Drought and heat: How is climate change hitting Europe?
17 July 2022 | 5:44 am
Lots of sun, little rain: Europe is grappling with another summer of record temperatures and low water levels. Countries like Italy are struggling to fight climate change, and keep the cost of food and energy down.
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Many farmers in the north are on the brink of financial ruin as the region suffers from the worst drought in 70 years. Italy's so-called "golden rice triangle" accounts for half of Europe's rice production. DW's Max Zander reports.
Much of Europe and the Northern Hemisphere is battling either wildfires, low water levels, harvest warnings, water use restrictions or a mixture of all these. DW rounds up the situation.
As German cities heat up, the federal government has announced plans to increase the number of public drinking fountains to help ease the impact of the changing climate. The plan also has other environmental benefits.
Unprecedented drought levels in the Yangtze River have increased pressure on hydroelectric power plants, which supply energy to key economic zones of the country.
As many as 40 million children are "one disease" from catastrophe as the Horn of Africa and Sahel experience the worst drought in four decades, according to UNICEF.
Following several weeks of power cuts that hit large industrial producers, power has started to return to normal. A record-breaking heat wave and drought are to blame for the crisis.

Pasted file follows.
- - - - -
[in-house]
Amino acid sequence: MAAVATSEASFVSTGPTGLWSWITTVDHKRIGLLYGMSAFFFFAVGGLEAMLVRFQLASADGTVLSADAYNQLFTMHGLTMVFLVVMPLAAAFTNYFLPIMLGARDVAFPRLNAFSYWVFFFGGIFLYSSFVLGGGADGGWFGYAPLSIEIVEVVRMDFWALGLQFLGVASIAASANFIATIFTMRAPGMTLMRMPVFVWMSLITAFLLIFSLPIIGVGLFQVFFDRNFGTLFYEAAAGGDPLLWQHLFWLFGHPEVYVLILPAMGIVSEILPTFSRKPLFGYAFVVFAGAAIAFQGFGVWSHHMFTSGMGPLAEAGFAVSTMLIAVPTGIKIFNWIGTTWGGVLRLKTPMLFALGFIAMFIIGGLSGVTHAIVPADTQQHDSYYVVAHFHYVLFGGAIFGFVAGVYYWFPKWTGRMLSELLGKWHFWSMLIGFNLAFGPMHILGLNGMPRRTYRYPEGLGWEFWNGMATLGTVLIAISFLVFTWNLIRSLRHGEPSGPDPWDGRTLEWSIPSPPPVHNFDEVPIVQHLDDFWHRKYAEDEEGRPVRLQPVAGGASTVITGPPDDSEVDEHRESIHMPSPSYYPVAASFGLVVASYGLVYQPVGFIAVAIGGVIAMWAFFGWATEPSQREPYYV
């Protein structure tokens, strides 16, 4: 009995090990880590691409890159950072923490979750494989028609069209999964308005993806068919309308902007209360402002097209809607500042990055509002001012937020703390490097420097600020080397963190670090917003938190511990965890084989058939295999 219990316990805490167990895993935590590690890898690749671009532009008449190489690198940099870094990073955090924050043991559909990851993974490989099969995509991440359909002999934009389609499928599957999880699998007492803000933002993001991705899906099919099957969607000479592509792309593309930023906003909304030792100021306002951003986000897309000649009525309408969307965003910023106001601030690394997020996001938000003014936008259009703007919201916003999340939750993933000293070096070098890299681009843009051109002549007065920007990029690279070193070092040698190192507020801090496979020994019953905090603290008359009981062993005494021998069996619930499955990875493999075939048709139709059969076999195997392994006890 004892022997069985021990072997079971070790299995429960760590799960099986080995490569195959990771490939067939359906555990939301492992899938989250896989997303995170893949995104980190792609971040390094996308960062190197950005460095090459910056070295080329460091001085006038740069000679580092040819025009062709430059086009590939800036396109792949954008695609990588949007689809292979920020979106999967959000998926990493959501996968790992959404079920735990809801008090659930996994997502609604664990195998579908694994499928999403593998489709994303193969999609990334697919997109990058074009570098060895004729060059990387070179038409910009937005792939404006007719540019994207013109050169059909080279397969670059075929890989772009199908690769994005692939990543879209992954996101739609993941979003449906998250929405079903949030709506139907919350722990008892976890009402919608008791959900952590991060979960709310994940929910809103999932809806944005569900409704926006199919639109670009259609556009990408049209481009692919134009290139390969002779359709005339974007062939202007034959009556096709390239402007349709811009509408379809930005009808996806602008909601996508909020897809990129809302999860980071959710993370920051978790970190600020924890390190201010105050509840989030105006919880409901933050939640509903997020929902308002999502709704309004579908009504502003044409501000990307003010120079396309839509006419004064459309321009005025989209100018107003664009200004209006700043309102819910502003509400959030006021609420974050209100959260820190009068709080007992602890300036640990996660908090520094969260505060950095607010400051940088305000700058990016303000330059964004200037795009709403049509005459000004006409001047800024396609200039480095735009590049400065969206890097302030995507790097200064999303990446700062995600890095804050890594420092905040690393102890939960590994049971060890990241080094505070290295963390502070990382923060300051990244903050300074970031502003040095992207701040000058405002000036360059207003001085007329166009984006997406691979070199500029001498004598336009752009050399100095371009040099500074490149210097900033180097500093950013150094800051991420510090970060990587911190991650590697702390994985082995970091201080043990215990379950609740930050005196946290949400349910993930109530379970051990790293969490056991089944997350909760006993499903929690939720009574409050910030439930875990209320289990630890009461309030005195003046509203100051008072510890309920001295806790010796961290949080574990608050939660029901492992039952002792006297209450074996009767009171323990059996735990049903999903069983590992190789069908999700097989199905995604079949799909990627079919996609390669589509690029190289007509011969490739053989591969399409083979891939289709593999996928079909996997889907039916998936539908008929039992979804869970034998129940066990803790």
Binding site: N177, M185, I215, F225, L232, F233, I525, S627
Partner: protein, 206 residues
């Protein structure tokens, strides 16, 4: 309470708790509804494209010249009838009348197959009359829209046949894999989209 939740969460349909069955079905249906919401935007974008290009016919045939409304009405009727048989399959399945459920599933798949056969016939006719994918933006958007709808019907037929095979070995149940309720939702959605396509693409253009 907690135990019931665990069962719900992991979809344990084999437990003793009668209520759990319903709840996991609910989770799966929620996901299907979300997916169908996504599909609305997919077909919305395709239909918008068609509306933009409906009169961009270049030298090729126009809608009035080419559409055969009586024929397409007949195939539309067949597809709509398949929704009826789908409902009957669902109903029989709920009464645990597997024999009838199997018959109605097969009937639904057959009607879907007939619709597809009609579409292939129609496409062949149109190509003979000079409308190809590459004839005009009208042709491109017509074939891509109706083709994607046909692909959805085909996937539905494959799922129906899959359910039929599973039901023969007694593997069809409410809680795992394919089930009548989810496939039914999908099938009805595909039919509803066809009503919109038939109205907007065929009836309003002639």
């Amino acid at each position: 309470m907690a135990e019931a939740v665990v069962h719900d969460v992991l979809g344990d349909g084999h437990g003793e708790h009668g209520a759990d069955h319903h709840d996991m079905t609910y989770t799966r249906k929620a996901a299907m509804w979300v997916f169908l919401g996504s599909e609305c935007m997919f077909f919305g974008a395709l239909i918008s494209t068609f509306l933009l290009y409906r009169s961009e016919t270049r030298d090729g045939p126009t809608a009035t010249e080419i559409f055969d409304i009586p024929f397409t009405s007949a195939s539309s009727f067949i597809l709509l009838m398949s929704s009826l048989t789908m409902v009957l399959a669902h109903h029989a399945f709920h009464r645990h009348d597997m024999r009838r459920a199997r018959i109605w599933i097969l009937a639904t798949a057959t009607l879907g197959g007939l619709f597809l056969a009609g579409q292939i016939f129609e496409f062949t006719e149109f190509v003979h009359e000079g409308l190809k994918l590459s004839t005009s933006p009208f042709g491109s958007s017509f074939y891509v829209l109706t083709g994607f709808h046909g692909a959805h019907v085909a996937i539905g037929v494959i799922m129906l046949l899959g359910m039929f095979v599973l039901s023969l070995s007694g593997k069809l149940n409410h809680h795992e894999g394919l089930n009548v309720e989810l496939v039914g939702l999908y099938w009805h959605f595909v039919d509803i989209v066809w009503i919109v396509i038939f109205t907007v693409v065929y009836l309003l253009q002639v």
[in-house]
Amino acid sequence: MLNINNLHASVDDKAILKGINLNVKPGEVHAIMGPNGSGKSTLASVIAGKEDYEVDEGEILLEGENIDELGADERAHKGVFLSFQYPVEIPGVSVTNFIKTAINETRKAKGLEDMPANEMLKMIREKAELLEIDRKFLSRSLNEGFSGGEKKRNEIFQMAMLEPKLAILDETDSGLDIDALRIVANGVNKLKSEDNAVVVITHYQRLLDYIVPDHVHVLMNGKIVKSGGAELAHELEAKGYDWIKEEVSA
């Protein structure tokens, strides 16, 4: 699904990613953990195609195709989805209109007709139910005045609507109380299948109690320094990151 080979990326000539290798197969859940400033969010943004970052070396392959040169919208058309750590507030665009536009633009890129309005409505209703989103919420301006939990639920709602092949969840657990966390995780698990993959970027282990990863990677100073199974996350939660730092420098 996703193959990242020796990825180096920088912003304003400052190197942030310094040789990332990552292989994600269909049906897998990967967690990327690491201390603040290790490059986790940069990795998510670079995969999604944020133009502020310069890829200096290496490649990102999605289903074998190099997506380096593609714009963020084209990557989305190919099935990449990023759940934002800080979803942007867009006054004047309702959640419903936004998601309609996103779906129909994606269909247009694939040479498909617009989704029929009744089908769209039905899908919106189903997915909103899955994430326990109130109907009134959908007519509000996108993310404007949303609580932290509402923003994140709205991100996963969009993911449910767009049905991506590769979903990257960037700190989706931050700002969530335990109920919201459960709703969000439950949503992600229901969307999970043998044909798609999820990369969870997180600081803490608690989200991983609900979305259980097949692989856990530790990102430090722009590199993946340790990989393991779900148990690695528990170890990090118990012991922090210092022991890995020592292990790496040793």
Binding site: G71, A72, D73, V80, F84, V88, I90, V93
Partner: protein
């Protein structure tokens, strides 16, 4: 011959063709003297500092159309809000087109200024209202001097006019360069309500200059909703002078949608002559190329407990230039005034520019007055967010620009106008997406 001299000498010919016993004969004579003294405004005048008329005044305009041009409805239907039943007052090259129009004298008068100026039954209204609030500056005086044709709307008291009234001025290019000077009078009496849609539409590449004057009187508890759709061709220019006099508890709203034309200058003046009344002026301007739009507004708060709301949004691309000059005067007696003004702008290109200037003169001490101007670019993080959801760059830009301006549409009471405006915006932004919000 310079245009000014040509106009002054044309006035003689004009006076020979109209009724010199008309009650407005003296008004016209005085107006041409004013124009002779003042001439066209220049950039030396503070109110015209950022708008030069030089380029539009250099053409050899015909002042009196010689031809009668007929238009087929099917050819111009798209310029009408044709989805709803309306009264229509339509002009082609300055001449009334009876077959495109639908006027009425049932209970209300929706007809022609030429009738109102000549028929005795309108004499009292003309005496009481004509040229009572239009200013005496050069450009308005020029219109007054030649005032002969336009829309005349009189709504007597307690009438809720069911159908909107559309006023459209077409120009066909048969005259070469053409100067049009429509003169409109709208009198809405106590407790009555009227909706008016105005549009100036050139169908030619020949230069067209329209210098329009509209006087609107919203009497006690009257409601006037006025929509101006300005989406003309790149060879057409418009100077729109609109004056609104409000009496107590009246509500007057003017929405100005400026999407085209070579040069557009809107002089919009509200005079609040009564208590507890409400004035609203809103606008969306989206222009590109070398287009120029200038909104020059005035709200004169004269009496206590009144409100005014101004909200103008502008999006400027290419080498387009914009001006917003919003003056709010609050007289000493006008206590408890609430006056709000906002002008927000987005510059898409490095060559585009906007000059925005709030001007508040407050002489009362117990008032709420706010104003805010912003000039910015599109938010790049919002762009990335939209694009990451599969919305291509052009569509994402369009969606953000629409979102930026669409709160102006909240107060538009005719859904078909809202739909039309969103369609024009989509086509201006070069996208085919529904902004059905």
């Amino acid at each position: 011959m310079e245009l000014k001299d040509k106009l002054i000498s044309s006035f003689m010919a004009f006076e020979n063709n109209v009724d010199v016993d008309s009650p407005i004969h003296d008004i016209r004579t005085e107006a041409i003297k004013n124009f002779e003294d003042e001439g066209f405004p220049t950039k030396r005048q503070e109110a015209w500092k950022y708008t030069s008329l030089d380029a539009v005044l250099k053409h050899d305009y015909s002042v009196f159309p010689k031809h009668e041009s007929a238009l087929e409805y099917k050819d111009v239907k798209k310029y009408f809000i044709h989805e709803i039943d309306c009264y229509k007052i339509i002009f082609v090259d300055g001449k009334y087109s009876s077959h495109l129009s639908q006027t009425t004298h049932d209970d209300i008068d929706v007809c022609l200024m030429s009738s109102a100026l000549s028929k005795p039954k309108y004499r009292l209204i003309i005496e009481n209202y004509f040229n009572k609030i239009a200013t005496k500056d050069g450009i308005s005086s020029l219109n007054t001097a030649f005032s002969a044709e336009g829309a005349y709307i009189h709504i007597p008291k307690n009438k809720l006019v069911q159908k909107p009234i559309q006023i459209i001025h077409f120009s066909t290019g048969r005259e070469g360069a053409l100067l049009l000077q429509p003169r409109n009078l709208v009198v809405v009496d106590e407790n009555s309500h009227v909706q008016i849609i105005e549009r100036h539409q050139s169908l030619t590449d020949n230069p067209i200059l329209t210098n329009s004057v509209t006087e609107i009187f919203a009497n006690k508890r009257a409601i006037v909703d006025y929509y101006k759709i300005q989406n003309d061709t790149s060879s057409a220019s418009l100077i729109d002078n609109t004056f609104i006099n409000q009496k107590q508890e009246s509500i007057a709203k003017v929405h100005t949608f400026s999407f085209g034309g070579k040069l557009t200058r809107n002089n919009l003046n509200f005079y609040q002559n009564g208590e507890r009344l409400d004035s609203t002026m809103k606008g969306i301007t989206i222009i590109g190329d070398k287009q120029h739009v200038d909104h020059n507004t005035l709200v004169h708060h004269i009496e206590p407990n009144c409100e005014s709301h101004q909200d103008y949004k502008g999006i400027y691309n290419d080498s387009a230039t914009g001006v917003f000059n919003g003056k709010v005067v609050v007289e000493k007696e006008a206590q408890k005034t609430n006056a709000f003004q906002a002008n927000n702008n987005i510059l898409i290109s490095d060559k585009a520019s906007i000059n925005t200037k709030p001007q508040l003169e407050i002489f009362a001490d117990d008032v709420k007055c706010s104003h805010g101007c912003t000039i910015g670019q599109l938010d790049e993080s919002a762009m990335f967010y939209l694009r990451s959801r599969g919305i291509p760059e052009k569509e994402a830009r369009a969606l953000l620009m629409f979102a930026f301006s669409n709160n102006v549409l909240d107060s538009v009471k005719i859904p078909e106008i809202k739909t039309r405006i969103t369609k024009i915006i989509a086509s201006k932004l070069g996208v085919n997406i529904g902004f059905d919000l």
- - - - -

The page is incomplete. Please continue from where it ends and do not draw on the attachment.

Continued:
The Rhine is dwindling down to a trickle, devastating Germany's environment and economy. Large parts of the country have seen hardly any rain this summer. Germany's longest river has less water than ever before.
A technique to induce rain is helping to fight drought in Niger. Farmers seem satisfied, but flooding in some parts of the country caused material damage and even loss of lives.
Families in parts of Somalia affected by conflict are receiving cash donations to help them cope as the country battles drought and rising inflation. This emergency relief is the first in a series of monthly payments to support people pushed out of their homes by the severe drought.
India is experiencing a record heatwave in many parts of the country, which experts say is linked to climate change. DW’s Manira Chaudhary visits an agricultural belt in the state of Maharashtra which has been particularly hard hit.
Plants struggle to produce nectar and pollen during heatwaves, limiting the pollinating power of bees or butterflies. Researchers are finding ways for agriculture to adjust to a hotter world.
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